Dotted around any residential street you’re likely to find parking spaces designated as being for disabled drivers.
These spaces have been put there by the local authority at the request of a resident – usually right outside their home.
However, these spaces are not then for the exclusive use of the person who requested them. If one is empty, anyone with a blue badge can use it.
Combine this with the already overcrowded situation on Portsmouth’s streets and the long-running row over residential parking zones, and you’re looking at a recipe for major frustration.
When it gets to the point that someone who has a disabled bay outside their home is afraid to move their own car from it, because the space will immediately be filled by another vehicle, it’s clear that something isn’t right.
James Jewitt says he pays £30 for a parking permit for his zone in case the bay is taken when he returns home, but that this is next to useless for him because there are so rarely any other free spaces near where he lives.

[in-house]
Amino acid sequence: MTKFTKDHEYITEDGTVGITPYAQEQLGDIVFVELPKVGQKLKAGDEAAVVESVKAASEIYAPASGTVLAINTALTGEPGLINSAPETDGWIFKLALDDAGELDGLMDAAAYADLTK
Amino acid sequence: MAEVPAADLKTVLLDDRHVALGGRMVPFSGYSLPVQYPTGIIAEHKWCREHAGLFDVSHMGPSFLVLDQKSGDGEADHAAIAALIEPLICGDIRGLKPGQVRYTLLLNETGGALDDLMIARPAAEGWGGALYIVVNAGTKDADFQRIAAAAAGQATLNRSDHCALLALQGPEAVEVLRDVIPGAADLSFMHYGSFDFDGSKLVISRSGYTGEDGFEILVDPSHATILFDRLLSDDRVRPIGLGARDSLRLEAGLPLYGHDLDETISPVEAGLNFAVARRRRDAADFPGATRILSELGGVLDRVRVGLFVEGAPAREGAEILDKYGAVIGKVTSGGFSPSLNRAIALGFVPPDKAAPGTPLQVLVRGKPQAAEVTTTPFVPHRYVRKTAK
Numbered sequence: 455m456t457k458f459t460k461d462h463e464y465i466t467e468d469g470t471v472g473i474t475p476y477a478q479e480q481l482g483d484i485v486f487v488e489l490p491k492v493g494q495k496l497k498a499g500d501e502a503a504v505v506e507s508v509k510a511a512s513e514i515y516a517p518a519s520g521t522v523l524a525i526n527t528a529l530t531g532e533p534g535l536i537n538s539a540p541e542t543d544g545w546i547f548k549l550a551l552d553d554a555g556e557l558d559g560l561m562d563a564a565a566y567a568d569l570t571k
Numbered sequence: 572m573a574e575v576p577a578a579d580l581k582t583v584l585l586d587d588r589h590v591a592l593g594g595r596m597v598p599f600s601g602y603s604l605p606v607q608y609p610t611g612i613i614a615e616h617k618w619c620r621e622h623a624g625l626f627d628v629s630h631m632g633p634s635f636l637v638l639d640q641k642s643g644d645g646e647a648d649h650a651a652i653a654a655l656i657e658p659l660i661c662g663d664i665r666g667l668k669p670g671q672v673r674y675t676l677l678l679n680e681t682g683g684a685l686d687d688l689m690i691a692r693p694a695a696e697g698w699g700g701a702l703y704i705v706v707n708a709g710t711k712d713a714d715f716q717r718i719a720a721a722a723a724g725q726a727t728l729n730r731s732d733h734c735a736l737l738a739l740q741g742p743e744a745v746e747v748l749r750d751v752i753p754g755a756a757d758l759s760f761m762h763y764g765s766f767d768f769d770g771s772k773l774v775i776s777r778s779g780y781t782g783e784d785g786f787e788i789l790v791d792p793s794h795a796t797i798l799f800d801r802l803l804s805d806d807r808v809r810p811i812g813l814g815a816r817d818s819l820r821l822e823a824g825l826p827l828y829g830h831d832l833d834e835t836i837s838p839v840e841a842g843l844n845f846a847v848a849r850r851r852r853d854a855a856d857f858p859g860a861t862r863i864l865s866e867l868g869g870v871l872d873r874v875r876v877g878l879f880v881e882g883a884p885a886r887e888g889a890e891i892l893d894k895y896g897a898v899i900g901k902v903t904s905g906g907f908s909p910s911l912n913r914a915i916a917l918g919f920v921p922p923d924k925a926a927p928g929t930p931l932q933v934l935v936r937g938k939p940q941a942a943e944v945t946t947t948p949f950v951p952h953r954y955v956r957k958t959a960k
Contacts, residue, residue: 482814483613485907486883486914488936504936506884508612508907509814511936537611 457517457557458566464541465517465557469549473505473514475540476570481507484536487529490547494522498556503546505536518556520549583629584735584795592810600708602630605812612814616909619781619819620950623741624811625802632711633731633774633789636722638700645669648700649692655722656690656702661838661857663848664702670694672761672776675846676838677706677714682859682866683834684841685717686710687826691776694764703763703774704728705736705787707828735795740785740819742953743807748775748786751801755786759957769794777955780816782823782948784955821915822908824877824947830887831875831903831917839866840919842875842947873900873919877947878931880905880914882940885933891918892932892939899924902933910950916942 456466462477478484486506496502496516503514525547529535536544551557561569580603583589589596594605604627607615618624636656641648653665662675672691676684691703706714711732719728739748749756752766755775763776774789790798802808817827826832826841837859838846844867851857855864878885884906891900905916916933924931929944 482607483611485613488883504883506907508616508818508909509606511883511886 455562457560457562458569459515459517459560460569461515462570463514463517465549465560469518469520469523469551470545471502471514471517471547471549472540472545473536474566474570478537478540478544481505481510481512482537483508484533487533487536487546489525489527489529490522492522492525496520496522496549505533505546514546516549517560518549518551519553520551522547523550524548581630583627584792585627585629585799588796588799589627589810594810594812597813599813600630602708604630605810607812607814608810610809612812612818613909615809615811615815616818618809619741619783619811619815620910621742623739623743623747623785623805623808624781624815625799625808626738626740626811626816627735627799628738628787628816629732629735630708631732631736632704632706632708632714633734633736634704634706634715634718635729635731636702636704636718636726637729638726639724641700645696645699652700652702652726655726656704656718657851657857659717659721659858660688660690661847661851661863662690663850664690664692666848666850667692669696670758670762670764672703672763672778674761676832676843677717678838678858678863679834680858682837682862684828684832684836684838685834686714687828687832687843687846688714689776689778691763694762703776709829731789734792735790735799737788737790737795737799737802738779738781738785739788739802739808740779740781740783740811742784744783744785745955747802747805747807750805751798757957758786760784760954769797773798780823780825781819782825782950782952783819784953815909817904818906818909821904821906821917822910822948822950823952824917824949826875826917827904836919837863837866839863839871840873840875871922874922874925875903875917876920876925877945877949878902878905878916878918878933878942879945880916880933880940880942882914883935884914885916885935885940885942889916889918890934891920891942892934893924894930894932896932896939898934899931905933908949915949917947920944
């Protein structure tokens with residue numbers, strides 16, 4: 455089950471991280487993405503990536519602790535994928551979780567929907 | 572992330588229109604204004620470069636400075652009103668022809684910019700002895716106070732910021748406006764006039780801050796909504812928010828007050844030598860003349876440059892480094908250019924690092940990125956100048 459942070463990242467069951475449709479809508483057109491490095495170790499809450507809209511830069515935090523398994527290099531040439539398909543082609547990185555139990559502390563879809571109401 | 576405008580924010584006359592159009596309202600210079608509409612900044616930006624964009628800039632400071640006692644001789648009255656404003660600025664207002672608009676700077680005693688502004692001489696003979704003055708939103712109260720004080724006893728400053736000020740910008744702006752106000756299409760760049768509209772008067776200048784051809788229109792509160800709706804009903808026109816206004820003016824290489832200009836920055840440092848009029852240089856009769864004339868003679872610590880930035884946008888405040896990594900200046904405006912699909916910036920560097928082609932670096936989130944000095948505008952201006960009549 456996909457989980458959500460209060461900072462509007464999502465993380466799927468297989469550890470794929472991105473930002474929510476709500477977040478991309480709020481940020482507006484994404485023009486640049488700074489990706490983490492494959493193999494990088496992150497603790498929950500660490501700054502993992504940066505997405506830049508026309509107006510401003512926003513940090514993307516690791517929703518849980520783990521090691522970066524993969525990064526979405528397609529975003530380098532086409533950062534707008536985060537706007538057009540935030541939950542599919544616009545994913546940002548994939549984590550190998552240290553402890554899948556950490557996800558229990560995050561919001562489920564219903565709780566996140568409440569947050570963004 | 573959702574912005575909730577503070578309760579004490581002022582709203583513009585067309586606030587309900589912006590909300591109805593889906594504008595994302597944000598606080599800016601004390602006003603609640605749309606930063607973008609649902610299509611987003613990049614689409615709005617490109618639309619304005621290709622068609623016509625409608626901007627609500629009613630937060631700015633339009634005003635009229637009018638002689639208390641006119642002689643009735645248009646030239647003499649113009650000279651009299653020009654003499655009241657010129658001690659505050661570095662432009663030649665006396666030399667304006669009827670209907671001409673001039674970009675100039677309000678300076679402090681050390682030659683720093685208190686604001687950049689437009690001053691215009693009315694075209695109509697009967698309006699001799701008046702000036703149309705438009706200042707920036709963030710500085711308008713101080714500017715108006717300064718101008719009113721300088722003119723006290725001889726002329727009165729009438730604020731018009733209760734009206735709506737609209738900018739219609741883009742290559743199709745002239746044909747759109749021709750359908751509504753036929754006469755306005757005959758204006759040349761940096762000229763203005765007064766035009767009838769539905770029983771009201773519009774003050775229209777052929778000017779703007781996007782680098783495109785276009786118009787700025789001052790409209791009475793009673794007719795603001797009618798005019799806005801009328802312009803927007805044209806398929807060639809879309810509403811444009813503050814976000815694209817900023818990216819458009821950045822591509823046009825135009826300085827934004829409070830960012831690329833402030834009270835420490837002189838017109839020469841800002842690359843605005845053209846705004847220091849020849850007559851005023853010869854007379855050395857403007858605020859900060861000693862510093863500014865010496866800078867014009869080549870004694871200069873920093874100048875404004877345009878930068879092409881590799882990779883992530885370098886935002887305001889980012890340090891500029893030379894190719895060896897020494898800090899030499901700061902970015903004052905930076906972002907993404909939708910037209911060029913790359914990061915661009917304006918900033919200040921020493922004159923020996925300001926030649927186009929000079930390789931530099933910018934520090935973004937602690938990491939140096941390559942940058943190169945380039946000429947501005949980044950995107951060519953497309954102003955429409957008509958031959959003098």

For an able-bodied person this is frustrating, for someone with a disability, it can have a significant impact. Mr Jewitt says the situation is so bad it could effectively render him housebound.
He suspects it is being used by people borrowing relatives’ blue badges to get free parking (he lives within regular walking distance of both the Historic Dockyards and Gunwharf Quays). A quick look back at The News in recent months and the number of court cases we have featured on people abusing the scheme could suggest that his suspicions are not without foundation.
The 59-year-old is not calling for the bay to be made exclusive to him, only that it is limited to people in the same zone. This doesn’t seem unreasonable.
Maybe it’s something the council could look at.